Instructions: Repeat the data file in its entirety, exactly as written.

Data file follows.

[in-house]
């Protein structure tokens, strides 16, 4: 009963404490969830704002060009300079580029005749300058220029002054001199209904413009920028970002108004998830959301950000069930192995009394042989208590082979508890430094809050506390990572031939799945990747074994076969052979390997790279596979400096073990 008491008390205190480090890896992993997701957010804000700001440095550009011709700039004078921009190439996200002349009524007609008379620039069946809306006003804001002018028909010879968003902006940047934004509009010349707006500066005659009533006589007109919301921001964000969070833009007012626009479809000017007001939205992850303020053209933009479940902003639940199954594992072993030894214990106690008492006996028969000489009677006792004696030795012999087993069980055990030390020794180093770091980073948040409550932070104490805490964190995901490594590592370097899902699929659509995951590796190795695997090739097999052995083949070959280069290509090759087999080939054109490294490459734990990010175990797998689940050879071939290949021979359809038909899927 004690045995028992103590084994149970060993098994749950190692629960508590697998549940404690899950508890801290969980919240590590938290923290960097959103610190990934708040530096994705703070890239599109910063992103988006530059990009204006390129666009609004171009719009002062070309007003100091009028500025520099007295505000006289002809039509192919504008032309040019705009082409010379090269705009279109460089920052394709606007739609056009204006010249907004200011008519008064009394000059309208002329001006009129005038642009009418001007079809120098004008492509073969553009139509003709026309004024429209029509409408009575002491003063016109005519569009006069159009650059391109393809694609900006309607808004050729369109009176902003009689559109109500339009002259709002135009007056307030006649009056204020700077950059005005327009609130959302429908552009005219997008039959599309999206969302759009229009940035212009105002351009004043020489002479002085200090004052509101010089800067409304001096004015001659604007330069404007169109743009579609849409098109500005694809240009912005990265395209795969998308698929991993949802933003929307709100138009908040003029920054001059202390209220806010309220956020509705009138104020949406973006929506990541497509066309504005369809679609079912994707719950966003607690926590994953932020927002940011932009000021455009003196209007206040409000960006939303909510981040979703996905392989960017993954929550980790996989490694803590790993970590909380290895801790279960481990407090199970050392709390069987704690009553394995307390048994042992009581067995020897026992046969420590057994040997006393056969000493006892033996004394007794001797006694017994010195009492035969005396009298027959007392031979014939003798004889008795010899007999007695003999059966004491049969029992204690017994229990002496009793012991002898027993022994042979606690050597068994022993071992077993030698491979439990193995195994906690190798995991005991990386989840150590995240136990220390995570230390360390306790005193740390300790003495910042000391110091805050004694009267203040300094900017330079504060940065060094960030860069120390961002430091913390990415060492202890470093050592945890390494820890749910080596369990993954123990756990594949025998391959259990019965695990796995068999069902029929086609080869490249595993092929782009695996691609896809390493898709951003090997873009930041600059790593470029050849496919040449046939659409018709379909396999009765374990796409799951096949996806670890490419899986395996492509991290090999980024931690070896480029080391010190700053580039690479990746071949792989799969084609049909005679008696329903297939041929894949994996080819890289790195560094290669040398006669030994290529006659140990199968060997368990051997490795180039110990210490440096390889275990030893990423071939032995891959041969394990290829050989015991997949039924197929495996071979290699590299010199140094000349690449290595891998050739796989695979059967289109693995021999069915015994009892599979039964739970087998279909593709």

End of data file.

[in-house]
């Protein structure tokens, strides 16, 4: 009963404490969830704002060009300079580029005749300058220029002054001199209904413009920028970002108004998830959301950000069930192995009394042989208590082979508890430094809050506390990572031939799945990747074994076969052979390997790279596979400096073990 008491008390205190480090890896992993997701957010804000700001440095550009011709700039004078921009190439996200002349009524007609008379620039069946809306006003804001002018028909010879968003902006940047934004509009010349707006500066005659009533006589007109919301921001964000969070833009007012626009479809000017007001939205992850303020053209933009479940902003639940199954594992072993030894214990106690008492006996028969000489009677006792004696030795012999087993069980055990030390020794180093770091980073948040409550932070104490805490964190995901490594590592370097899902699929659509995951590796190795695997090739097999052995083949070959280069290509090759087999080939054109490294490459734990990010175990797998689940050879071939290949021979359809038909899927 004690045995028992103590084994149970060993098994749950190692629960508590697998549940404690899950508890801290969980919240590590938290923290960097959103610190990934708040530096994705703070890239599109910063992103988006530059990009204006390129666009609004171009719009002062070309007003100091009028500025520099007295505000006289002809039509192919504008032309040019705009082409010379090269705009279109460089920052394709606007739609056009204006010249907004200011008519008064009394000059309208002329001006009129005038642009009418001007079809120098004008492509073969553009139509003709026309004024429209029509409408009575002491003063016109005519569009006069159009650059391109393809694609900006309607808004050729369109009176902003009689559109109500339009002259709002135009007056307030006649009056204020700077950059005005327009609130959302429908552009005219997008039959599309999206969302759009229009940035212009105002351009004043020489002479002085200090004052509101010089800067409304001096004015001659604007330069404007169109743009579609849409098109500005694809240009912005990265395209795969998308698929991993949802933003929307709100138009908040003029920054001059202390209220806010309220956020509705009138104020949406973006929506990541497509066309504005369809679609079912994707719950966003607690926590994953932020927002940011932009000021455009003196209007206040409000960006939303909510981040979703996905392989960017993954929550980790996989490694803590790993970590909380290895801790279960481990407090199970050392709390069987704690009553394995307390048994042992009581067995020897026992046969420590057994040997006393056969000493006892033996004394007794001797006694017994010195009492035969005396009298027959007392031979014939003798004889008795010899007999007695003999059966004491049969029992204690017994229990002496009793012991002898027993022994042979606690050597068994022993071992077993030698491979439990193995195994906690190798995991005991990386989840150590995240136990220390995570230390360390306790005193740390300790003495910042000391110091805050004694009267203040300094900017330079504060940065060094960030860069120390961002430091913390990415060492202890470093050592945890390494820890749910080596369990993954123990756990594949025998391959259990019965695990796995068999069902029929086609080869490249595993092929782009695996691609896809390493898709951003090997873009930041600059790593470029050849496919040449046939659409018709379909396999009765374990796409799951096949996806670890490419899986395996492509991290090999980024931690070896480029080391010190700053580039690479990746071949792989799969084609049909005679008696329903297939041929894949994996080819890289790195560094290669040398006669030994290529006659140990199968060997368990051997490795180039110990210490440096390889275990030893990423071939032995891959041969394990290829050989015991997949039924197929495996071979290699590299010199140094000349690449290595891998050739796989695979059967289109693995021999069915015994009892599979039964739970087998279909593709």